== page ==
Toddy exhibited his film in theaters all over the nation, the car was hauled around in a moving van, along with it. When the film no longer interest people, Toddy went into semi-retirement, and the famous Ford was stored away in a warehouse in Atlanta. While the authentic death car gathered dust, at least five fakes were showing up at fairs, carnivals, and shopping centers, still bringing in enough money to keep their exhibitors going.
In 1967, when the Warner Brothers released the Warren Beatty, Faye Dunaway movie called "Bonnie and Clyde", there arose a flood of new interest in the two desperados, even more then in their lifetimes. Toddy again found himself to be the owner of a very famous car and everybody was asking to see it. Toddy took it out of the warehouse, cleaned it up, placed in two grotesque dummies to represent the dead killers, and went back on the road. He threatened to sue Warner Brothers for using a white car in the movie because it made people think his grey car was a fake.
At the same time, he began prosecuting the owner of every fraudulent car he encountered. The exhibitors of the fakes, however, were hard to catch. They showed their cars for two or three days and then they were gone. When they were challenged by ticket buyers, they professed that theirs alone was the real death car.
One of the shams, owned by a company out of Houston calling itself the Lam-Sir Corporation, was exhibited at the Texas State Fair. When the man at the ticket booth was questioned about the authenticity of the car he was showing and was asked whether the owner in Atlanta might get wind of his deception, he scoffed, "They can't prove this isn't the car. Its to hard to separate fact from legend." Despite the lies and fraud Lam-Sir escaped prosecution.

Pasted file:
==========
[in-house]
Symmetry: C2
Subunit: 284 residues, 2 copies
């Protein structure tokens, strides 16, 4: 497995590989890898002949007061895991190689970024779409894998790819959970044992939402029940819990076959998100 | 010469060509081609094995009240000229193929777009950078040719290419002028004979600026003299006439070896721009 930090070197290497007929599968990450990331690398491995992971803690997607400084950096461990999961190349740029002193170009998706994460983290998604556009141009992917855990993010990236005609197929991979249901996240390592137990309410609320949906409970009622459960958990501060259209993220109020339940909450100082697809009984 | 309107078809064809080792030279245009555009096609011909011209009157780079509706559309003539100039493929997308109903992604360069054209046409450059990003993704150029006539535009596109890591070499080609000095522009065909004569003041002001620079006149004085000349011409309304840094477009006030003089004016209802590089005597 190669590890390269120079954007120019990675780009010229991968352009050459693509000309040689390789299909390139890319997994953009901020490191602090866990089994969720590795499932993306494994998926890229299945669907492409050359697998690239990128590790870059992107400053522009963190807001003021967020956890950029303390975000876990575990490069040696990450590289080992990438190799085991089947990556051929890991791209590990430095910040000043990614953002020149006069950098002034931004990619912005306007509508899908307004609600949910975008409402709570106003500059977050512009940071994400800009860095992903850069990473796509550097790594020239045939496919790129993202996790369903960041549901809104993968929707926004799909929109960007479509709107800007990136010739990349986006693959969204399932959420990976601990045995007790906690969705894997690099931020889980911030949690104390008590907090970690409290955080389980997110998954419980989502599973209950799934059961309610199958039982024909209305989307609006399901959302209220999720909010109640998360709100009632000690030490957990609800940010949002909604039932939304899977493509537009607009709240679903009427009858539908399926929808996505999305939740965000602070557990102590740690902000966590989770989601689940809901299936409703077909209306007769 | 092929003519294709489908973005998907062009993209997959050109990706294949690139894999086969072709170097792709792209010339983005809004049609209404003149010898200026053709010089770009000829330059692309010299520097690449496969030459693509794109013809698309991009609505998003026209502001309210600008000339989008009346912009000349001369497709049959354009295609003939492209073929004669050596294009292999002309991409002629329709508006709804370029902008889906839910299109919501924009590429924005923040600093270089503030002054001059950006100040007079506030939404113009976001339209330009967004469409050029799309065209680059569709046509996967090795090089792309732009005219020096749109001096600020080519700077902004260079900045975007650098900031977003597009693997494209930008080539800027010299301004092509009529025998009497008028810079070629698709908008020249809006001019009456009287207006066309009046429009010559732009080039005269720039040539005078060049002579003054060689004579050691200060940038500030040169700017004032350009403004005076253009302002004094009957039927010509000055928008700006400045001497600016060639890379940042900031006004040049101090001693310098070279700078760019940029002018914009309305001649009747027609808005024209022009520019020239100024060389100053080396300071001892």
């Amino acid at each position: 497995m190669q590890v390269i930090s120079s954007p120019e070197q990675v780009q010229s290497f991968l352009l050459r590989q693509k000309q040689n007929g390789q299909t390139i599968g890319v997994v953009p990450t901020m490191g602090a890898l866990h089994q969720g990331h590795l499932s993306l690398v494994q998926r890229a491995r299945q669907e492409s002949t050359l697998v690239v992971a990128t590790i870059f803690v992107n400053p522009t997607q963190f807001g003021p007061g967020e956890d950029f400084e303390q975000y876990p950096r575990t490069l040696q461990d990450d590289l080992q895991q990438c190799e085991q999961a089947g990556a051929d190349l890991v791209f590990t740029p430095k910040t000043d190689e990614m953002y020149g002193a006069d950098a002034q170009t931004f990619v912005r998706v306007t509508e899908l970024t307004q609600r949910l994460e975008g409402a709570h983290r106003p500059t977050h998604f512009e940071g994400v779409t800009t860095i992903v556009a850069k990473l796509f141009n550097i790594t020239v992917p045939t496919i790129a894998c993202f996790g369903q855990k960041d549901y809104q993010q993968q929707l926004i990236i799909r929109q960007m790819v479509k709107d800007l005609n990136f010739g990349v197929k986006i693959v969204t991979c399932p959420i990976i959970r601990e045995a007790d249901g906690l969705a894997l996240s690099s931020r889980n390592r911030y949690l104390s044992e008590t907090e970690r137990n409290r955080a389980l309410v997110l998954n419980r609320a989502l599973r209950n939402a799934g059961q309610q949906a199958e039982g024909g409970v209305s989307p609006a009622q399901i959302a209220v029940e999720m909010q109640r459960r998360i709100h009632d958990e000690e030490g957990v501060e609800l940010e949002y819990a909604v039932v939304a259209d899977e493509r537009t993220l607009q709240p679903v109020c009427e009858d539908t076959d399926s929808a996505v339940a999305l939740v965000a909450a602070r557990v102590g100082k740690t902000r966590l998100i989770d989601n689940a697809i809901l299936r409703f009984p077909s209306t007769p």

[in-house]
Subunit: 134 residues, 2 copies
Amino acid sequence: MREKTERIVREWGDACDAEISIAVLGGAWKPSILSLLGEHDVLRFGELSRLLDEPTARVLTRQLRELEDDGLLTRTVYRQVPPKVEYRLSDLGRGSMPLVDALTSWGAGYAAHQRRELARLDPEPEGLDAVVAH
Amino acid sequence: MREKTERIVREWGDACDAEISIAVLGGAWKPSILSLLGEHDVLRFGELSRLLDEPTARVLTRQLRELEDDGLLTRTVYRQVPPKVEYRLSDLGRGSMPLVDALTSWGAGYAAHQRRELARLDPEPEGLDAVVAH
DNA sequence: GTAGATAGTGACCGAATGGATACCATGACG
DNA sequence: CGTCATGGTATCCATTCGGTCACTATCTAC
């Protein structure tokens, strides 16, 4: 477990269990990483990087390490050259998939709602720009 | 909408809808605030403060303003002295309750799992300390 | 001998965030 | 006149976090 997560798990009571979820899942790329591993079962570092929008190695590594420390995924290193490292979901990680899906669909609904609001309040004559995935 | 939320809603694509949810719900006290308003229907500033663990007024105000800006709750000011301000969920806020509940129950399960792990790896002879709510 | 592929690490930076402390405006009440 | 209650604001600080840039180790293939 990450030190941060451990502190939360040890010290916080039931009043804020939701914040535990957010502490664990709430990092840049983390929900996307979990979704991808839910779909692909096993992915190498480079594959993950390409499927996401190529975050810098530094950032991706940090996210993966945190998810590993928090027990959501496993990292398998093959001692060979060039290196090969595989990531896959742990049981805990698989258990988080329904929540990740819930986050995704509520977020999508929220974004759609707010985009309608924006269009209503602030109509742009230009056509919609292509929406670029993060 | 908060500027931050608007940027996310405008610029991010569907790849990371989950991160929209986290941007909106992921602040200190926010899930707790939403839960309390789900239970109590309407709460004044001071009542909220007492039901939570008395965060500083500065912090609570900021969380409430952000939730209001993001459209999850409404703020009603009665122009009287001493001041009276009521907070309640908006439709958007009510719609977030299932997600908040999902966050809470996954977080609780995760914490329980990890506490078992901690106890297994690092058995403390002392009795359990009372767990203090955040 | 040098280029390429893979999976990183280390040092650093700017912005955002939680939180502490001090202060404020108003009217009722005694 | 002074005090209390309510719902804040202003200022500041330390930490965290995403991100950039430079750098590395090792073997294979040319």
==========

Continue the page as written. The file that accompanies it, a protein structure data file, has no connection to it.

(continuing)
But in Georgia, Toddy stopped two fraud exhibitors. In one case, he used as a court witness Ted Hinton, the only living member of the six man team who shot Barrow in 1934. Under oath Hinton testified that he had examined Toddy's car and found it to be the real one. His memory was uncommonly sharp, for he had not seen the automobile during the thirty-five years which had elapsed since he shot at it. This case was won hands down.
When Ted Toddy spoke of the Death Car he stated it had a magnetic appeal. "I've seen people kneel before it or do the sign of the cross. Women have walk away weeping. People come back to see it again and again, and they just stare." despite the fact that the car had grossed over a million dollars, Toddy, old and near death, sold it at a auction in 1973 for $165,000 to Peter Simon, owner of Pop's Oasis Raceway Park, in Jean, Nevada, 25 miles from Las Vegas.
Here every hour, tourists went into a theater where news-reel footage of the death of Bonnie and Clyde was shown. At the end of the film, the lights go out, the screen goes up and there stands the car, illuminated by black lights. The audience could go up on the stage to see the car, touch it, and could even take photographs sitting in it. Later it was said he sold the car at a loss.
Today the owner of the Barrow car, Gary Pimm, displays it near the California-Nevada border at the hotel and casino called Whiskey Pete's. He later purchased Clyde Barrow's light blue western style shirt and a one inch swatch of the dark blue trousers he was wearing that day on May 23, 1934 in a auction for $85,000 and has put in in his exhibit.